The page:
Dr. Feser has written a reply to the first part of my rejoinder, and he says this will be his last. I think that the second part of my rejoinder addresses several of his concerns, but like him, I am happy to move on to other subjects. However, I want to make a few brief comments that should clarify how what I have said relates to some of his comments in his surrejoinder.
- Moses’ tests for false prophets were two: lack of miracles, and contradiction with previous revelation. Insofar as scripture is simply prophetic written texts, if our question is how to exclude books from scripture, these tests provide two ways. That is, if the proposed additional writing contradicts the Bible, or provides no miraculous attestation to its message, we can safely dismiss it. This is how a Protestant would respond to Islamic, Mormon, and Roman Catholic claims to further infallible revelation. Further, I would argue that the once-for-all-time foundational nature of the apostolic revelation, and the eschatological timeline of scripture which excludes any further covenant-forming events prior to the consummation, gives a good indication that we should expect no further canonical texts. The earliest post-apostolic church seems to have agreed with this judgment: as I noted, that generation regarded the apostles as having a unique role, and thus did not attempt to include, e.g., letters from Ignatius in the canon. While men like him were highly respected teachers in the church, their writings were not considered infallible revelation.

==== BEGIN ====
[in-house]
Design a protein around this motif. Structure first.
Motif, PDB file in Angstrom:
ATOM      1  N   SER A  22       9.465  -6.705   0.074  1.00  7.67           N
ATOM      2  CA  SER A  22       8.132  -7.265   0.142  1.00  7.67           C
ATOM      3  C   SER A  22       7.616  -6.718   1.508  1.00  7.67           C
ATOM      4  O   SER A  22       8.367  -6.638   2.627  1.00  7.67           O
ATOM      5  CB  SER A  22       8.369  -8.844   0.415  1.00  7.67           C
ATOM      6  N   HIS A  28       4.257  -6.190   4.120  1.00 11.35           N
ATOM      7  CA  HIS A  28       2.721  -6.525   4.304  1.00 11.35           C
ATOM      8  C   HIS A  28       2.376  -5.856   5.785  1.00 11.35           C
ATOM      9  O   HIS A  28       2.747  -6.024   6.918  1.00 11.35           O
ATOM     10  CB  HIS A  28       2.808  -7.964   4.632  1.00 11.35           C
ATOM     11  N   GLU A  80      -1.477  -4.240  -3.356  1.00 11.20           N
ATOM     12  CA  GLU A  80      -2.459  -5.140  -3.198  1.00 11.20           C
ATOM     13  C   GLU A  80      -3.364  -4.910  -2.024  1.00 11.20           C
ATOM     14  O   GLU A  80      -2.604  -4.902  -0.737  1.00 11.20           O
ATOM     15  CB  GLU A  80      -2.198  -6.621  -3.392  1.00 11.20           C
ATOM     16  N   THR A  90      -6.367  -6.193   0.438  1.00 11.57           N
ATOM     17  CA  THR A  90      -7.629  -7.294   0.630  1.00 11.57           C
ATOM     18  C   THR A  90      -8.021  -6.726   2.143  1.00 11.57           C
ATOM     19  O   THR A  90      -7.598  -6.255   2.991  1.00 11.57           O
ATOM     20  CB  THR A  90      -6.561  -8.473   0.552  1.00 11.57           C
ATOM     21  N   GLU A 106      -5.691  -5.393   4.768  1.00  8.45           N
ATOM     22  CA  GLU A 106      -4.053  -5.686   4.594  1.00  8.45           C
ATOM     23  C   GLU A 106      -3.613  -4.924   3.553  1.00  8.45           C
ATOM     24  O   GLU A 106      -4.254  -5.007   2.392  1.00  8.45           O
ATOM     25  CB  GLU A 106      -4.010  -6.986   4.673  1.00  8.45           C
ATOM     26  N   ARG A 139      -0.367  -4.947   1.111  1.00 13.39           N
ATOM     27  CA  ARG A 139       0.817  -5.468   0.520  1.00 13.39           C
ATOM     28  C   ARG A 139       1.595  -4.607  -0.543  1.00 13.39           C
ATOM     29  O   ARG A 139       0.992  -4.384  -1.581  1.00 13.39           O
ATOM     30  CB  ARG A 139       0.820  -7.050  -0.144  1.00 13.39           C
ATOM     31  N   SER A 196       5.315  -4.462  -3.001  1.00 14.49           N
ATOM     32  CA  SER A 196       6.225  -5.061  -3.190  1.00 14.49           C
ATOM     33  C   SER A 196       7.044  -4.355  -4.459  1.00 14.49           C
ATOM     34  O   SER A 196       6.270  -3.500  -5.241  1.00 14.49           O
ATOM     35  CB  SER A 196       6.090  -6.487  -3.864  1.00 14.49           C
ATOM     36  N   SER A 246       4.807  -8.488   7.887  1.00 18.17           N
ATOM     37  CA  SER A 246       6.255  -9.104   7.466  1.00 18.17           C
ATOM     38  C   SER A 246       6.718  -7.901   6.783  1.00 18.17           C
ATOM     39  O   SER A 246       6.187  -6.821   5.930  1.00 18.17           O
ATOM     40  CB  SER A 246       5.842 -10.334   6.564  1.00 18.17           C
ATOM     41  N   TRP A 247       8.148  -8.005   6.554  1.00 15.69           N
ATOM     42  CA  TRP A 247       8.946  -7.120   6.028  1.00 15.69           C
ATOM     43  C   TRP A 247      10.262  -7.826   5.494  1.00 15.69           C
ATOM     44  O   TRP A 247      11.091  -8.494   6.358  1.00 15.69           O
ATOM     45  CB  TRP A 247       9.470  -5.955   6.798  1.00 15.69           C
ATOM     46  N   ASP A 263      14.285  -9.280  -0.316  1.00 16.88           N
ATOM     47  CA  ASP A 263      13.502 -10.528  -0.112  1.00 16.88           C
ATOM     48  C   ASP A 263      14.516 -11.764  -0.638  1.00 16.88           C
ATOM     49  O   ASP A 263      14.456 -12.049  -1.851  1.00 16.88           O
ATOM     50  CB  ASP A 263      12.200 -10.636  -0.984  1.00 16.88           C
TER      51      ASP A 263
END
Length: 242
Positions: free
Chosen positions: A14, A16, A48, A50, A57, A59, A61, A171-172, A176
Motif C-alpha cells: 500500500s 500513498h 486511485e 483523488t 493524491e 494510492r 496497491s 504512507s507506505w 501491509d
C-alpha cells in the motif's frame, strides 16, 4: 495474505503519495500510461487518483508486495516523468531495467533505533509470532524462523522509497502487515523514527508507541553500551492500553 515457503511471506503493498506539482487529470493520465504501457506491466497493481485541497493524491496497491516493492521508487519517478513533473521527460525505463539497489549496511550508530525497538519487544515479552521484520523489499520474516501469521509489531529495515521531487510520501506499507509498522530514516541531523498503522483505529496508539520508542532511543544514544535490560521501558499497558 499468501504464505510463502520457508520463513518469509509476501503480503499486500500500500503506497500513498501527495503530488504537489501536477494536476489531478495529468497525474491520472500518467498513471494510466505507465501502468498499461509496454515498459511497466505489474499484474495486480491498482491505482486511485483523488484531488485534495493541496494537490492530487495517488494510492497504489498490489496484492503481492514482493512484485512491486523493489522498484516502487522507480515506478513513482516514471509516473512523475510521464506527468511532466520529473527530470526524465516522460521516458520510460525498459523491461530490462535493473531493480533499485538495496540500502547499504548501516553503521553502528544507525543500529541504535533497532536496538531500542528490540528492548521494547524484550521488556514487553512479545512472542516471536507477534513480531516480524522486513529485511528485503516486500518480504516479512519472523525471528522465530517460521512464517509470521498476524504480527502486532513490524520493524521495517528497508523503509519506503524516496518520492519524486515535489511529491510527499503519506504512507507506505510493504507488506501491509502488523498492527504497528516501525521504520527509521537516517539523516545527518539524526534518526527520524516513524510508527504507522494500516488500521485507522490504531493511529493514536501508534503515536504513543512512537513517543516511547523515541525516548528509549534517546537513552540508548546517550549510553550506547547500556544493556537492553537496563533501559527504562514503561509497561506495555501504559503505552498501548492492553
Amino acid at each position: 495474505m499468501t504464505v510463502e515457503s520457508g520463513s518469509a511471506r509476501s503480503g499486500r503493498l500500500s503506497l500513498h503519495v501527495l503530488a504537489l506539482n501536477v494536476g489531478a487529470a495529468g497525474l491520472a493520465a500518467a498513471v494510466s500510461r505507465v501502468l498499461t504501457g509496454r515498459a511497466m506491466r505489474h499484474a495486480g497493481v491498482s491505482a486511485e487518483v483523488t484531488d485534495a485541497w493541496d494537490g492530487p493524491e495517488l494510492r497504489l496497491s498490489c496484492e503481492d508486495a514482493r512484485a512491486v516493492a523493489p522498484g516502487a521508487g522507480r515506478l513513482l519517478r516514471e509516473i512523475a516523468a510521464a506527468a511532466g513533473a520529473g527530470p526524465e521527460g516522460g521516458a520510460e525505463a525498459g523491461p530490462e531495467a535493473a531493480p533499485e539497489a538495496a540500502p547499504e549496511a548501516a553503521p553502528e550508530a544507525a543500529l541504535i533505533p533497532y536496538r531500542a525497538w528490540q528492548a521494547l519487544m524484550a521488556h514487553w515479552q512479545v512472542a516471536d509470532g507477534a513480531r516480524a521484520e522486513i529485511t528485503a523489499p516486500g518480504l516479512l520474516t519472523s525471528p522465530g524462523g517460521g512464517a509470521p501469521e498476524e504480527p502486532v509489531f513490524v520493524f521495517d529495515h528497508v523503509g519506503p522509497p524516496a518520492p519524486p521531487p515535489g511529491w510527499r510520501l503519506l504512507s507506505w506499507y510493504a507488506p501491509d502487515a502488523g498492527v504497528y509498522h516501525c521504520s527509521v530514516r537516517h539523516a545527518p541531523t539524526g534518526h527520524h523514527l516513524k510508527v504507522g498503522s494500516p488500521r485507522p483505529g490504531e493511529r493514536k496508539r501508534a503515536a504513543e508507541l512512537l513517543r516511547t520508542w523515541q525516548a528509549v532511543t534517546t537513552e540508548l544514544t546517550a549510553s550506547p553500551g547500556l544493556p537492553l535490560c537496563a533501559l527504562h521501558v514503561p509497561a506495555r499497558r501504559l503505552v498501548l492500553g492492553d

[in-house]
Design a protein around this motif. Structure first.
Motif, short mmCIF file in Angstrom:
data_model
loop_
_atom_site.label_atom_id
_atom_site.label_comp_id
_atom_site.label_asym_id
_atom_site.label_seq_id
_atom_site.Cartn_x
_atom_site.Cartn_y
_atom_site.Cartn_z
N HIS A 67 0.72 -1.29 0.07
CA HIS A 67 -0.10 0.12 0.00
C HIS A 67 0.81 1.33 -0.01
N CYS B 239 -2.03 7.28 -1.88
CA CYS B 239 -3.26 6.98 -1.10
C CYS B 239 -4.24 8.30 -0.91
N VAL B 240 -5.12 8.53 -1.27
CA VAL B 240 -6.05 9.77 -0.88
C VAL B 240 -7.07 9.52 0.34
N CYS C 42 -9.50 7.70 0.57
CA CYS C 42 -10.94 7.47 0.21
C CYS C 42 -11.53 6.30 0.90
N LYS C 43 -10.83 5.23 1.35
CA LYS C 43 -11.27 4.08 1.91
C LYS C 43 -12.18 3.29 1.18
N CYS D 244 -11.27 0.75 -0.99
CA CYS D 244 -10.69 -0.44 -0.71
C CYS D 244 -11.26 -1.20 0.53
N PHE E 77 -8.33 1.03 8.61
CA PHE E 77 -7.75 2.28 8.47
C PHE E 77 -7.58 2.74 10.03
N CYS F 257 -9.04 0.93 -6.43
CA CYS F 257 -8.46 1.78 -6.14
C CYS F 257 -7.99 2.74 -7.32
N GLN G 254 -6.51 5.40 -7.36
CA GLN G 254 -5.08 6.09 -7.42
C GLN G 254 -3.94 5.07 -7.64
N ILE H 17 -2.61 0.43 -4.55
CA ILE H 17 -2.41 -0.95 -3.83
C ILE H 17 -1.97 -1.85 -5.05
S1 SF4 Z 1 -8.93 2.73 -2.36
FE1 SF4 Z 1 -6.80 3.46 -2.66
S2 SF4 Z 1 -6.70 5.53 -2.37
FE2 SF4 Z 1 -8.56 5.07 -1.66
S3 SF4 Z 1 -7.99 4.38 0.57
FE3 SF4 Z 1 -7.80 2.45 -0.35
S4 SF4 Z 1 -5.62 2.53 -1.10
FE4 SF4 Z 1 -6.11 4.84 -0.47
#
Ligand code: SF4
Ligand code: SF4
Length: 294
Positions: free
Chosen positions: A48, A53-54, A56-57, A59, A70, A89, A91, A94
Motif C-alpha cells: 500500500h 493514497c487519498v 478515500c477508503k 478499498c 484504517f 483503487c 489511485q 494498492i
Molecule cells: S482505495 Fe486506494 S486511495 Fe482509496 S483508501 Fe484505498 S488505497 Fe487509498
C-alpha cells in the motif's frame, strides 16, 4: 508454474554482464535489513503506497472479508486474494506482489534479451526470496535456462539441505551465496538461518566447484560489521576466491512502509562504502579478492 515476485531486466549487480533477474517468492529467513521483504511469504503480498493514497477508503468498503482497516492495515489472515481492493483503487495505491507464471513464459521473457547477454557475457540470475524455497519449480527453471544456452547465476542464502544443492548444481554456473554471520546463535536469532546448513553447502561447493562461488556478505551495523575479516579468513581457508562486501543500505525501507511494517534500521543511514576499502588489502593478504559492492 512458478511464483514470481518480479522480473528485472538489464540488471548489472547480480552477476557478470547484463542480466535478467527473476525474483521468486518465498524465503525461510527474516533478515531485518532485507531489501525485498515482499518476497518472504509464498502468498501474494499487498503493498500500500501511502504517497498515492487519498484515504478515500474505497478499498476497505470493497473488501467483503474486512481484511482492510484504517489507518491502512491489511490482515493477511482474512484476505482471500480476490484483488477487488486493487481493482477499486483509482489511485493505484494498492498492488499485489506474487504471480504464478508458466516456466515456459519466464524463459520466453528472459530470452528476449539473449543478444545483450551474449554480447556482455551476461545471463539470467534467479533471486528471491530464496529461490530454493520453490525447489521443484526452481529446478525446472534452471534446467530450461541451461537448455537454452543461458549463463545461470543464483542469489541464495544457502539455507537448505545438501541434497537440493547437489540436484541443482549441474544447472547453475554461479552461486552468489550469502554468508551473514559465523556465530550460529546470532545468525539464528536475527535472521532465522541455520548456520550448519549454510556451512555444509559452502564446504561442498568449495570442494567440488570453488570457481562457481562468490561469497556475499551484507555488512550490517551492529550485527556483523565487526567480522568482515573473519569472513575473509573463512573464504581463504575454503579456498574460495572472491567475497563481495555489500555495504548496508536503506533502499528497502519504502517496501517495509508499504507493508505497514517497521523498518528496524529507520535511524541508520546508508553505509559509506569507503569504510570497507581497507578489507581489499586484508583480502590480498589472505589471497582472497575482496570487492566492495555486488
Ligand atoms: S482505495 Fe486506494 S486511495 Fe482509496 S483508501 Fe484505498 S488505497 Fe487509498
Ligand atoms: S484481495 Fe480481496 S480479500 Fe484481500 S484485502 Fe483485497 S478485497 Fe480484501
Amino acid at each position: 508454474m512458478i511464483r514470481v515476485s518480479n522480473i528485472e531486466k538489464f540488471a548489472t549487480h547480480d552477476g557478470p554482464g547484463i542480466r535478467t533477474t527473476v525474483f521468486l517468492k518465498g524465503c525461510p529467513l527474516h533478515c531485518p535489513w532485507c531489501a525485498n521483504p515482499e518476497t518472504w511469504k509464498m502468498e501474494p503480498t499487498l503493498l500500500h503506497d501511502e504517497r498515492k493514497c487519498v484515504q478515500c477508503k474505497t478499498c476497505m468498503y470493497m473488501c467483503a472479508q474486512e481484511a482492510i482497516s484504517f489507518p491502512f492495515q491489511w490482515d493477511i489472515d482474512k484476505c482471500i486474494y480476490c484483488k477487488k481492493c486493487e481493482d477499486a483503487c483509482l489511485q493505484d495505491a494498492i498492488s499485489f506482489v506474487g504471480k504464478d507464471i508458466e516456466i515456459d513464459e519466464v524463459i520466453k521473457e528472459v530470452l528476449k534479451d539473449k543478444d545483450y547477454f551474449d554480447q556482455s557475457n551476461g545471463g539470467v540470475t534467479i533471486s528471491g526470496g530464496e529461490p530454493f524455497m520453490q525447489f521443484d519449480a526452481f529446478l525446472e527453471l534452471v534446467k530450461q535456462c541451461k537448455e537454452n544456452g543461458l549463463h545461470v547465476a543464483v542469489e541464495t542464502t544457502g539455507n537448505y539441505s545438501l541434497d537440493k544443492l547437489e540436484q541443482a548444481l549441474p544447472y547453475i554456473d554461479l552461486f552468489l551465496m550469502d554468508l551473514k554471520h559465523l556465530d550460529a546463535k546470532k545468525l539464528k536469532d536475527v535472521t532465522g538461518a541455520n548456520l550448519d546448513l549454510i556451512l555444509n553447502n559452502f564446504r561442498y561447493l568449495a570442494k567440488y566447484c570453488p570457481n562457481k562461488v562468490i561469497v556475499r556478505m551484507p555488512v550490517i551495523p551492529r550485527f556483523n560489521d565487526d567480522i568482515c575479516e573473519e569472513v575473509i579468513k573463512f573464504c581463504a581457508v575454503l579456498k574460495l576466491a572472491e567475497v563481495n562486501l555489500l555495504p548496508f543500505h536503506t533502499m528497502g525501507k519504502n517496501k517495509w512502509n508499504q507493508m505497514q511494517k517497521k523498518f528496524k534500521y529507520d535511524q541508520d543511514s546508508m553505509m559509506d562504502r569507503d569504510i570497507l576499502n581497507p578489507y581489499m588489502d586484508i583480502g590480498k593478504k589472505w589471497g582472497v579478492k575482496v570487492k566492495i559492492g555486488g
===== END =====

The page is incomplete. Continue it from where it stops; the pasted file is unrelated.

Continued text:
- If readers are interested in how a Protestant would resolve the various doctrinal disputes that have occurred through history while holding that scripture alone is infallible, I would suggest reading a standard Reformed systematic theology. These texts reason on the basis of sola scriptura and provide philosophical, exegetical, and thus theological answers to those various disputes. For example, from older generations, Calvin’s Institutes of the Christian Religion, Francis Turretin’s Institutes of Elenctic Theology, or Charles Hodge’s Systematic Theology. From more recent days, the gold standard is probably still Herman Bavinck’s four-volume Reformed Dogmatics, though many other worthy options are available, such as John Frame’s four-volume A Theology of Lordship.
- From my point of view, the best of the Reformed tradition has eschewed the attempt to draw up a determinate list of doctrines that must be affirmed by faith for it to be saving. It has allowed the classic distinction between material and formal heresy to come to full flower. As Herman Bavinck said: